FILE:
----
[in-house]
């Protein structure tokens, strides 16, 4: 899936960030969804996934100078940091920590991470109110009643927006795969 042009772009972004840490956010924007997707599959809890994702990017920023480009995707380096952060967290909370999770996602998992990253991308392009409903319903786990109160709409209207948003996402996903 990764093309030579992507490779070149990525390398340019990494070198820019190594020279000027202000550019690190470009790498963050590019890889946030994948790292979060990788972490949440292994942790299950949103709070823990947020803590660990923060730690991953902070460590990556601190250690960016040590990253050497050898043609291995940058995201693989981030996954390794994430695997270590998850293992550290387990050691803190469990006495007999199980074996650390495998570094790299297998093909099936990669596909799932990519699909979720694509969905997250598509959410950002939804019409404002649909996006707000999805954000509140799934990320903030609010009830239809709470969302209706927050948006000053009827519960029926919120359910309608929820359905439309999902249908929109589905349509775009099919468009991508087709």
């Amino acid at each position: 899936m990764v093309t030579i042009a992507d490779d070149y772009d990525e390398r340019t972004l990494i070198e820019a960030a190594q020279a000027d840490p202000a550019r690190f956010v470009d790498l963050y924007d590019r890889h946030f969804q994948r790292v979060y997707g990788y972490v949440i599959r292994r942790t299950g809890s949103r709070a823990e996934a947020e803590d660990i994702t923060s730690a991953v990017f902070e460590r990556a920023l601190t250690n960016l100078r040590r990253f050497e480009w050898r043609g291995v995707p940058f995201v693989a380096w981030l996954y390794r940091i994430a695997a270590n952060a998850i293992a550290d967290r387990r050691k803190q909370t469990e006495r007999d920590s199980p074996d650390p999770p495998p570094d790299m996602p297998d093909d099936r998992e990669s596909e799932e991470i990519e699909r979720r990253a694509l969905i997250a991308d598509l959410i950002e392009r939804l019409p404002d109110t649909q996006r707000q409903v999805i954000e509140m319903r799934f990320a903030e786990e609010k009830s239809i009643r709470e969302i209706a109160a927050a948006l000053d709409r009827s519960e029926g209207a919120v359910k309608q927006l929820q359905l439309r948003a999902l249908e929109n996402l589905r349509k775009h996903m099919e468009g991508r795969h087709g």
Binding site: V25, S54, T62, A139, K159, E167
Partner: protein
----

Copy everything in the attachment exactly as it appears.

[in-house]
């Protein structure tokens, strides 16, 4: 899936960030969804996934100078940091920590991470109110009643927006795969 042009772009972004840490956010924007997707599959809890994702990017920023480009995707380096952060967290909370999770996602998992990253991308392009409903319903786990109160709409209207948003996402996903 990764093309030579992507490779070149990525390398340019990494070198820019190594020279000027202000550019690190470009790498963050590019890889946030994948790292979060990788972490949440292994942790299950949103709070823990947020803590660990923060730690991953902070460590990556601190250690960016040590990253050497050898043609291995940058995201693989981030996954390794994430695997270590998850293992550290387990050691803190469990006495007999199980074996650390495998570094790299297998093909099936990669596909799932990519699909979720694509969905997250598509959410950002939804019409404002649909996006707000999805954000509140799934990320903030609010009830239809709470969302209706927050948006000053009827519960029926919120359910309608929820359905439309999902249908929109589905349509775009099919468009991508087709």
């Amino acid at each position: 899936m990764v093309t030579i042009a992507d490779d070149y772009d990525e390398r340019t972004l990494i070198e820019a960030a190594q020279a000027d840490p202000a550019r690190f956010v470009d790498l963050y924007d590019r890889h946030f969804q994948r790292v979060y997707g990788y972490v949440i599959r292994r942790t299950g809890s949103r709070a823990e996934a947020e803590d660990i994702t923060s730690a991953v990017f902070e460590r990556a920023l601190t250690n960016l100078r040590r990253f050497e480009w050898r043609g291995v995707p940058f995201v693989a380096w981030l996954y390794r940091i994430a695997a270590n952060a998850i293992a550290d967290r387990r050691k803190q909370t469990e006495r007999d920590s199980p074996d650390p999770p495998p570094d790299m996602p297998d093909d099936r998992e990669s596909e799932e991470i990519e699909r979720r990253a694509l969905i997250a991308d598509l959410i950002e392009r939804l019409p404002d109110t649909q996006r707000q409903v999805i954000e509140m319903r799934f990320a903030e786990e609010k009830s239809i009643r709470e969302i209706a109160a927050a948006l000053d709409r009827s519960e029926g209207a919120v359910k309608q927006l929820q359905l439309r948003a999902l249908e929109n996402l589905r349509k775009h996903m099919e468009g991508r795969h087709g």
Binding site: V25, S54, T62, A139, K159, E167
Partner: protein